Andamio Games has landed $1.1 million in Small Business Innovation Research (SBIR) funds from the National Institutes of Health. 

The startup, spun out of Minneapolis-based Adventium Labs, said it will use the money to develop its BrainAware mobile application; an interactive educational tool designed for adolescents and young adults to improve success with substance abuse treatment. 

President Adam Gordon said Andamio Games is collaborating with the Center for Studies of Addiction in the medical school at the University of Pennsylvania and that “upon successful completion of the project, we will partner with Hazelden Publishing to distribute the product to treatment facilities across the country.”

More small business innovators should seek SBIR federal funds as Congress this year has allocated almost $3 billion for the program, according to Pat Dillion, program director for MN-SBIR, based at the Minnesota High Tech Association (MHTA). She calls it “America’s seed fund.”

“We need more high quality research proposals from startup and existing businesses across Minnesota to tap into this great source of funding that can impact our future economy,” Dillon said. 

The $3 billion in federal funds are available through SBIR and Small Business Technology Transfer Research (STTR) programs. Small businesses have opportunities to apply for funds from federal agencies that call for innovative ideas with commercial potential across the  science, technology, engineering and mathematics.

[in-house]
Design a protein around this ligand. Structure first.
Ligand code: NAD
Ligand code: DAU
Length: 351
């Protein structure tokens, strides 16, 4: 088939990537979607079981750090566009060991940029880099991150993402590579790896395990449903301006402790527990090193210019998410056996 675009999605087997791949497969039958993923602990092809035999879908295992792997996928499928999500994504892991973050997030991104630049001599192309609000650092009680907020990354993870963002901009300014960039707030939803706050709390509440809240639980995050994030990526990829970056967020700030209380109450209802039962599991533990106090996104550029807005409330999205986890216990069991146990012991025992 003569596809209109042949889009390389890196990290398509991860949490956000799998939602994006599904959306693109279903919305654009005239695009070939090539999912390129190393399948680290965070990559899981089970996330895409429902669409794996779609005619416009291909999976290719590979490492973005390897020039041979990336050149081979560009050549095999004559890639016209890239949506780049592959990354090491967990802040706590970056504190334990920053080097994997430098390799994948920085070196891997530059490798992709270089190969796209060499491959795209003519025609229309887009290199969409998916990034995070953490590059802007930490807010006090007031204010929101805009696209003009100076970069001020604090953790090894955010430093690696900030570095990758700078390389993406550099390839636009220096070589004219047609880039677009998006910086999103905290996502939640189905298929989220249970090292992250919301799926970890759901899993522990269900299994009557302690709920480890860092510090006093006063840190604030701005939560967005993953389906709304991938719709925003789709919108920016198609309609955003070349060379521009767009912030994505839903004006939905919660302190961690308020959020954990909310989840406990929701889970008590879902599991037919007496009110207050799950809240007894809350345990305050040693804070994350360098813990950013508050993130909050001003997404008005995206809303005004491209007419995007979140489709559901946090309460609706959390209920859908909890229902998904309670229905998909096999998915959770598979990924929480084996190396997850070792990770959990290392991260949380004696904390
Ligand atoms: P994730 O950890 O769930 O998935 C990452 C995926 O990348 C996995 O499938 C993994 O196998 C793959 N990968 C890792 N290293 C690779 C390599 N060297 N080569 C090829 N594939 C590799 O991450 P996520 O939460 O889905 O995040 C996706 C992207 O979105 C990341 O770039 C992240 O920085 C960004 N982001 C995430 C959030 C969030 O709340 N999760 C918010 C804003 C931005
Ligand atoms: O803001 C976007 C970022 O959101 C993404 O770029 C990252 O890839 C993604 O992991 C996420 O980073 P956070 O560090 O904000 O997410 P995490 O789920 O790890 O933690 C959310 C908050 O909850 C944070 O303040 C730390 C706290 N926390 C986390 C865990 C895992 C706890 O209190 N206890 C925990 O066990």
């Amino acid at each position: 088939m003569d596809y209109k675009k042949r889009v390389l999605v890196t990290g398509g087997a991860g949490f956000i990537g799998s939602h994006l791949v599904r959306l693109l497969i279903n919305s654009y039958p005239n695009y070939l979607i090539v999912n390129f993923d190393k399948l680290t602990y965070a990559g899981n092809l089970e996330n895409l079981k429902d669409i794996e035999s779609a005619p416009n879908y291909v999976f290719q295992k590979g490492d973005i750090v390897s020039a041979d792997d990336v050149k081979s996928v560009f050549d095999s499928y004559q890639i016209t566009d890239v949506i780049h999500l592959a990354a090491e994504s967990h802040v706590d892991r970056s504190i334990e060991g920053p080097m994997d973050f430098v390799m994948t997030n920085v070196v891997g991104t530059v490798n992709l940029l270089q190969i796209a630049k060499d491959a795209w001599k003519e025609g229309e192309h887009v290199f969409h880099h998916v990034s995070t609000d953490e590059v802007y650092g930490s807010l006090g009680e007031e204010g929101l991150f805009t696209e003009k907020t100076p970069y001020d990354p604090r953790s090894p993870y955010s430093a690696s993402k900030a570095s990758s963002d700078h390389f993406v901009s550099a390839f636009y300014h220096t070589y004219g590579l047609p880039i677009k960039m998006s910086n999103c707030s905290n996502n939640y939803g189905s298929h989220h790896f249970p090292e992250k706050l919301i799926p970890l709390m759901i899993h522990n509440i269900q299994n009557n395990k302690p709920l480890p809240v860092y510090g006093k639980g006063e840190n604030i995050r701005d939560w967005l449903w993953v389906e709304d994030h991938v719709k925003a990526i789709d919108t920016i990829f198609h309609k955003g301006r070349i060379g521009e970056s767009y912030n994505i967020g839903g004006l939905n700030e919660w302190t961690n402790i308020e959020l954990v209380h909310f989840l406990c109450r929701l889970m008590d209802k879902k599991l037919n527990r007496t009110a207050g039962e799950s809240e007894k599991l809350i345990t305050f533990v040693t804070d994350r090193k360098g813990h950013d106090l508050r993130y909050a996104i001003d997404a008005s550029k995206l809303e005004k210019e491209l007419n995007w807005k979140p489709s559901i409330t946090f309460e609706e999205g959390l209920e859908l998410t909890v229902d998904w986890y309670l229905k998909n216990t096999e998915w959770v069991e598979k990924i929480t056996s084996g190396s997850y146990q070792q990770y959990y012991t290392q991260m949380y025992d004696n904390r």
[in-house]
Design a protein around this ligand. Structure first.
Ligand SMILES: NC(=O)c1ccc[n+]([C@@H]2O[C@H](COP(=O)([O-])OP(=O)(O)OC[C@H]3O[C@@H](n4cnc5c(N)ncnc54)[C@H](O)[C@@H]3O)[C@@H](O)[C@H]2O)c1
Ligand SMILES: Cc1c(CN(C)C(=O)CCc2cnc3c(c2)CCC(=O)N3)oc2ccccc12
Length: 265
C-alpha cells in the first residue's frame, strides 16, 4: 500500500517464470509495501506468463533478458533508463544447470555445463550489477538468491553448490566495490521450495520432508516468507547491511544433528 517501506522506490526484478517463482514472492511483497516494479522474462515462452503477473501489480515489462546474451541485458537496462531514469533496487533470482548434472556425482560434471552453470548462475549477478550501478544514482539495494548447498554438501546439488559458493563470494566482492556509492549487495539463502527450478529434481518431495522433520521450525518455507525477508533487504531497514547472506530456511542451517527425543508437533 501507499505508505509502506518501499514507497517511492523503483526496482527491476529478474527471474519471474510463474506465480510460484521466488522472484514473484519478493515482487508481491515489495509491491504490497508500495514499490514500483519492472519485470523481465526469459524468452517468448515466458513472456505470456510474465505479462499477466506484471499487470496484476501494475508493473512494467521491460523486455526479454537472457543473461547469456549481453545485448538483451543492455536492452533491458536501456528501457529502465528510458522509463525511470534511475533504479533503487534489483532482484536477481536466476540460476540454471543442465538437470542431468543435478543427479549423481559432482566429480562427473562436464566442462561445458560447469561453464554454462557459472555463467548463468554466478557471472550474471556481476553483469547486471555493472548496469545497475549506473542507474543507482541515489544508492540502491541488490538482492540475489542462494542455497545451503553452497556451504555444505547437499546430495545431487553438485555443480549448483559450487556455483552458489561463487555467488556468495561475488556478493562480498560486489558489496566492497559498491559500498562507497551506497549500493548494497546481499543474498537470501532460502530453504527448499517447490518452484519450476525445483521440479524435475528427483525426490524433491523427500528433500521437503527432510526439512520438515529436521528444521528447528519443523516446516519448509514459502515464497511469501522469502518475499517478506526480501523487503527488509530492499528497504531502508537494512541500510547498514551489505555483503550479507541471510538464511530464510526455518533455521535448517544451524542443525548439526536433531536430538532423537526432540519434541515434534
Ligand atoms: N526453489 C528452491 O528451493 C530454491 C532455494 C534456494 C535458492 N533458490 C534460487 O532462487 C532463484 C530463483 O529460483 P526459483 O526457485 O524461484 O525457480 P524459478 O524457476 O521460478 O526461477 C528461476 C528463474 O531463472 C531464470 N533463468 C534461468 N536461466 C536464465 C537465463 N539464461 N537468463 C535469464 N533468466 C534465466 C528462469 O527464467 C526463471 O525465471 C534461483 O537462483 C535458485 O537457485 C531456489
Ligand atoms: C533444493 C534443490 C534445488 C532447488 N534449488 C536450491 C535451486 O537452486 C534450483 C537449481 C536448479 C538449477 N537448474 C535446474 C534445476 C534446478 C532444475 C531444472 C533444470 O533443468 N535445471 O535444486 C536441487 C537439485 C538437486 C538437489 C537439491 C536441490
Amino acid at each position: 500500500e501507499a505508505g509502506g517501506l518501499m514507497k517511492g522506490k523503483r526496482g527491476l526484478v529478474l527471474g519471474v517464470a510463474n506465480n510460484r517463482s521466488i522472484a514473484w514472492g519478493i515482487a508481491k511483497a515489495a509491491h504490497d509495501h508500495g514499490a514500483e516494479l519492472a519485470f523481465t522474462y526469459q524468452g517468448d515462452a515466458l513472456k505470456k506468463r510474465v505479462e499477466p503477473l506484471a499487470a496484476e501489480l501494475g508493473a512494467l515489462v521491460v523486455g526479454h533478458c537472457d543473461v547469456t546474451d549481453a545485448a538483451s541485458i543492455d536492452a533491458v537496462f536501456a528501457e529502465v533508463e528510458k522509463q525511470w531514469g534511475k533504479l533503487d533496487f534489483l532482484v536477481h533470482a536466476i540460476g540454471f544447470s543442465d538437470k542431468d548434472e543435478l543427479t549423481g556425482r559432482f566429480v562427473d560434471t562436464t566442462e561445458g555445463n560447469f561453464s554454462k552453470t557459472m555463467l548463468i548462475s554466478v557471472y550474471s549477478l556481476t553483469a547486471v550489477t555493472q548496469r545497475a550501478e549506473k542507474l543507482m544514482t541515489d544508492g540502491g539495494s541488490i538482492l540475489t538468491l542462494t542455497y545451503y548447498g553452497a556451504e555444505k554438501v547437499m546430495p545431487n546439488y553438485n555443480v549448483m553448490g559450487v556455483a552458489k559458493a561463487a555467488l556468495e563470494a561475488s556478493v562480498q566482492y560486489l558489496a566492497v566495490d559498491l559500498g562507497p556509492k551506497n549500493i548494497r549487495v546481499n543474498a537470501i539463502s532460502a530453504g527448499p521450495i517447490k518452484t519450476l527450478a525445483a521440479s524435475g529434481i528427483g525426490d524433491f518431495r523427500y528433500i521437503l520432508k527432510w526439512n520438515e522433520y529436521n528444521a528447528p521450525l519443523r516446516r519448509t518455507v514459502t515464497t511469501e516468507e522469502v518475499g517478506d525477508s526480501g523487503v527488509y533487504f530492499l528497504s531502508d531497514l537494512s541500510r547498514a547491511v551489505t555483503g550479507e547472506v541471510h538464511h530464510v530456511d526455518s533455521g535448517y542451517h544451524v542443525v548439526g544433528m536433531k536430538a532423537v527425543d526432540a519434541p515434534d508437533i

More than $600 million invested in fledgling Minnesota firms over the last 35 years has resulted in more than $1.5 billion-plus in economic output in the state and about 800 high-paying jobs. The small firms often license technology developed by the University of Minnesota, Mayo Clinic and other research hubs.

Dillon works with companies on applications to the federal-funding agencies.

Companies don’t have to concede equity to get funded. Only about 15 percent of applicants get funding.

At least two Minnesota firms that received SBIR grants eventually grew to be publicly owned companies: NVE Corp. and SurModics.

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